'Mad Man of Rock and Roll' Dead at 76
Paul Revere fronted the Raiders for more than 50 years
By Newser Editors and Wire Services
Posted Oct 6, 2014 2:49 AM CDT
In this July 1967 photo, Paul Revere, front, and the Raiders are seen in character.    (AP Photo, File)
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(Newser) – Paul Revere, the organist and leader of the Raiders rock band, has died. He was 76. The manager for Paul Revere and the Raiders says Revere died from cancer at his home in Garden Valley, Idaho, over the weekend. "He'd been quiet about it for some time," the manager says. "Treated at the Mayo Clinic, Paul stayed on the road as long as he could, then retired recently back to Idaho." Revere, born Paul Revere Dick, became known as "the madman of rock and roll" for his theatrical Colonial wardrobe and infectious onstage persona with the band, which served as the house band for the Dick Clark TV show Where the Action Is.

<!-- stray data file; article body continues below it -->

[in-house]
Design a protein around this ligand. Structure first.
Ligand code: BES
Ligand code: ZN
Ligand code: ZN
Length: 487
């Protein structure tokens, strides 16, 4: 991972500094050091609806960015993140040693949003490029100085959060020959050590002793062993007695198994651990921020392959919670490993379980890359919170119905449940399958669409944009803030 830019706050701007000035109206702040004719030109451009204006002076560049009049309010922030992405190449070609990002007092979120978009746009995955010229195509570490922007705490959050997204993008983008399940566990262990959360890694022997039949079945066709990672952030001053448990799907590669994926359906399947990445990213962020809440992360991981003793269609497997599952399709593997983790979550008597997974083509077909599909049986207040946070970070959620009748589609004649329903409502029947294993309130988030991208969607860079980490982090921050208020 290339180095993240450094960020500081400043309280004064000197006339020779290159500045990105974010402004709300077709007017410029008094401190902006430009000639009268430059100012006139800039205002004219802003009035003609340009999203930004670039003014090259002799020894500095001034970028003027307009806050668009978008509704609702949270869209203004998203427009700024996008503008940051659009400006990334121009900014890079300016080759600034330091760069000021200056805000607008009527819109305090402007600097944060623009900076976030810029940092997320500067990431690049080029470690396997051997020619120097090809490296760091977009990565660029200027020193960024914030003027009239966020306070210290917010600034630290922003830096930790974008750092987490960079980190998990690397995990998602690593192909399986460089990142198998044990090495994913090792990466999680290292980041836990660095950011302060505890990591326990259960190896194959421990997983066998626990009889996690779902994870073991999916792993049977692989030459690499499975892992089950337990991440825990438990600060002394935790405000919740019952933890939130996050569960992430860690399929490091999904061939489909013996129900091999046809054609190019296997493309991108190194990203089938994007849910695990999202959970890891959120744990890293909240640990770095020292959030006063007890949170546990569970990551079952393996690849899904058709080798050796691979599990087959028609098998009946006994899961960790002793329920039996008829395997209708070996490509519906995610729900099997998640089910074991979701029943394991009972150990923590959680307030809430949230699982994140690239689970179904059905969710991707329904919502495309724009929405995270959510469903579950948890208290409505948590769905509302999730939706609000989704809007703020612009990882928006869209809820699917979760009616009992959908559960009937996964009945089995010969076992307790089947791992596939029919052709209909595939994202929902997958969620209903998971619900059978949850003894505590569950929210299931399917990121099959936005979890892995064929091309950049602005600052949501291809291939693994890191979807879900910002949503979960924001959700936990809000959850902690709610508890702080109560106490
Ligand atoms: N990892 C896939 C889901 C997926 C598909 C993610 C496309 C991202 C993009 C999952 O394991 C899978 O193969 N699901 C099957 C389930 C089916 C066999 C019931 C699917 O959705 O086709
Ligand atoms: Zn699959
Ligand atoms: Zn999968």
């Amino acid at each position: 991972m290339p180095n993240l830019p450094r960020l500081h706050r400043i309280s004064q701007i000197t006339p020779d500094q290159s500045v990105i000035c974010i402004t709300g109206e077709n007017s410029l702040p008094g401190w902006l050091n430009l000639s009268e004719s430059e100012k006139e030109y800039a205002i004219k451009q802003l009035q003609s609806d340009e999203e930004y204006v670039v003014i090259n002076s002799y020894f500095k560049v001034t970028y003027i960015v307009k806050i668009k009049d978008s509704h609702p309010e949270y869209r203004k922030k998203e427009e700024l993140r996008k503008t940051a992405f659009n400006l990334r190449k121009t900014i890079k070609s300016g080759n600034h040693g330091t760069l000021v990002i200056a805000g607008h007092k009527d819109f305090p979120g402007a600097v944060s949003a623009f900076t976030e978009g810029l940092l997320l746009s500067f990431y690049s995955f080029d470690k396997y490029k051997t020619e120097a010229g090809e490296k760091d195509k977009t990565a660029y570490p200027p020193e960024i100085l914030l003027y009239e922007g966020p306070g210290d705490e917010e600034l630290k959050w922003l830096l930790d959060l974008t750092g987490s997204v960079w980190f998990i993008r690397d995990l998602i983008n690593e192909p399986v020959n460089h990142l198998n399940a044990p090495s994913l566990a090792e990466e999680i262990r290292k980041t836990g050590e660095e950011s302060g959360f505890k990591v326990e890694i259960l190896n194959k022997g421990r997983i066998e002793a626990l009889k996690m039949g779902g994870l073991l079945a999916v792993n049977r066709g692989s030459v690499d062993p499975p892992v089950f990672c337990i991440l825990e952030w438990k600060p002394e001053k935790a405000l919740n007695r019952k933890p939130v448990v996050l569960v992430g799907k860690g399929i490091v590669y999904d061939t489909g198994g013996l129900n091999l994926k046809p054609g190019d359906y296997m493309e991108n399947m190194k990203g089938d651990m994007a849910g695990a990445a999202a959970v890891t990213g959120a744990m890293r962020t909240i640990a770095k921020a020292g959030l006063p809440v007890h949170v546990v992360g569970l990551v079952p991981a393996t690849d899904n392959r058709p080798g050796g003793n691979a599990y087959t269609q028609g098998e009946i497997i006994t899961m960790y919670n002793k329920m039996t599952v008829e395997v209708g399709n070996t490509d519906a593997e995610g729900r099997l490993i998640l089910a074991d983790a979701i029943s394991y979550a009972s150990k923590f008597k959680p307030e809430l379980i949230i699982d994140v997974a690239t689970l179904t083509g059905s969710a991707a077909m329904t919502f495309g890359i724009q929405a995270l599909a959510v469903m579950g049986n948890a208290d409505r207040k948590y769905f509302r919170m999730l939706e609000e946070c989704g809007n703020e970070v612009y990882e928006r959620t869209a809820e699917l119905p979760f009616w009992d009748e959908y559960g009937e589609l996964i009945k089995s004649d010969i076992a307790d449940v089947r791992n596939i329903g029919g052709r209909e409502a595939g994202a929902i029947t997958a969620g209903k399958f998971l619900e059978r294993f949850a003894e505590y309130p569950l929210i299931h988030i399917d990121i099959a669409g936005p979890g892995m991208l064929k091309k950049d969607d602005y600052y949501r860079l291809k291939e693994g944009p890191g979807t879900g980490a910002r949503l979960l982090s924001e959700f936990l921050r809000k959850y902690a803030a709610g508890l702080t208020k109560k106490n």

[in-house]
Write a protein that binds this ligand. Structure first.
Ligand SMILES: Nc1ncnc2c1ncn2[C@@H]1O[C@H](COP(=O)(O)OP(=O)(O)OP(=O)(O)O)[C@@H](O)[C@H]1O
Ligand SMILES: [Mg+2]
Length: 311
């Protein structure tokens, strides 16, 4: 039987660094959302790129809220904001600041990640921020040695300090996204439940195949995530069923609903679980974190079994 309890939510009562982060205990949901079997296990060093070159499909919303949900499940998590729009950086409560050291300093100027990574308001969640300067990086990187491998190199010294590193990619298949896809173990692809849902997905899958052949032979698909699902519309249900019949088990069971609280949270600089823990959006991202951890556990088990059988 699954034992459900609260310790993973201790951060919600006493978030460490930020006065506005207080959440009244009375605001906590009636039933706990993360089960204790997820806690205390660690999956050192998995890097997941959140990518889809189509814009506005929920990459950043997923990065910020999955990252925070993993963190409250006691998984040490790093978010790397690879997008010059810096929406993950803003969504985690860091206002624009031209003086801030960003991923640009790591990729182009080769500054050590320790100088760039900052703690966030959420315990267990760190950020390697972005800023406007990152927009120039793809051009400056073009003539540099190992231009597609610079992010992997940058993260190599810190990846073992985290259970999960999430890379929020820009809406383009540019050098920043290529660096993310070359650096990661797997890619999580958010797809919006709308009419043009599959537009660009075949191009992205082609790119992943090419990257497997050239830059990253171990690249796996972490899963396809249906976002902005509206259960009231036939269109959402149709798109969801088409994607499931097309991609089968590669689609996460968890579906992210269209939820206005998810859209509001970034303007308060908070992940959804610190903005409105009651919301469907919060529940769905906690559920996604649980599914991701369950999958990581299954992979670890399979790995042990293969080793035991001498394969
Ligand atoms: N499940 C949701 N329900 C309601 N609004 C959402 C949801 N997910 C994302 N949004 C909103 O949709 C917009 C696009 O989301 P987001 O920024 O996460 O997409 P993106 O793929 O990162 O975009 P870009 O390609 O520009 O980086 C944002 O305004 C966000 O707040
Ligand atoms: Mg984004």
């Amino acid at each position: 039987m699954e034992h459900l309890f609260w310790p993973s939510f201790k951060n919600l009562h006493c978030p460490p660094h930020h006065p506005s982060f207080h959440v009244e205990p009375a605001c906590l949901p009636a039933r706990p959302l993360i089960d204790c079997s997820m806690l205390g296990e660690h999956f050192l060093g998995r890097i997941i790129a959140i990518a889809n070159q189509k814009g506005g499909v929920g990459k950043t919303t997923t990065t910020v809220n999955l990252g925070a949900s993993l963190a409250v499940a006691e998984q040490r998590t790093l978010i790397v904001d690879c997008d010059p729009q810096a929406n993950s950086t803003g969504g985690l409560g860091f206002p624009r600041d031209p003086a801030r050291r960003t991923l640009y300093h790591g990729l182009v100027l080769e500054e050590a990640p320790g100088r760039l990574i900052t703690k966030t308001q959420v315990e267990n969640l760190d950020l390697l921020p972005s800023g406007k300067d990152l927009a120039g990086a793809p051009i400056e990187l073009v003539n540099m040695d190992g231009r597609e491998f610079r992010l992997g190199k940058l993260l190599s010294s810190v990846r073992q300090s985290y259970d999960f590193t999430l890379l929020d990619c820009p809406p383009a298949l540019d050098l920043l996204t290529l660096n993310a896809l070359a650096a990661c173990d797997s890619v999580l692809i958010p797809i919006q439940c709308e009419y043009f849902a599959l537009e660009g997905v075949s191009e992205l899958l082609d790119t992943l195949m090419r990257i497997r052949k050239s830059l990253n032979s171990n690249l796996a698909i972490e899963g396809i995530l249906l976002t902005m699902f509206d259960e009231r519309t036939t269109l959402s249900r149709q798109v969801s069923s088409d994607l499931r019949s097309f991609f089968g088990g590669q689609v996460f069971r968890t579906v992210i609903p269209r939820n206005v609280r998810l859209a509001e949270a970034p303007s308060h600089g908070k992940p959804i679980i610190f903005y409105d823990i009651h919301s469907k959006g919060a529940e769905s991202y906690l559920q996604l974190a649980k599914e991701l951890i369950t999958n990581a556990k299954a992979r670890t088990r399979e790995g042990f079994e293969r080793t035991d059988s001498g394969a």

The group became popular in 1963 with its rendition of Richard Berry's "Louie, Louie" before releasing its own hits, such as "Kicks," ''Hungry," and "Good Thing." The band's biggest smash came in 1971 with "Indian Reservation." While the band's lineup changed over the past 50 years, Revere remained a constant presence with the group and continued touring until earlier this year. "I don't want to get into the details, but let's just say, it ain't fun," he said last year of his battle with cancer. "It's been rough getting through the last few shows, but I would do whatever it takes to avoid missing a show. I'm giving it my all, and then some, and the band tells me I've been even more awesome than usual."
 

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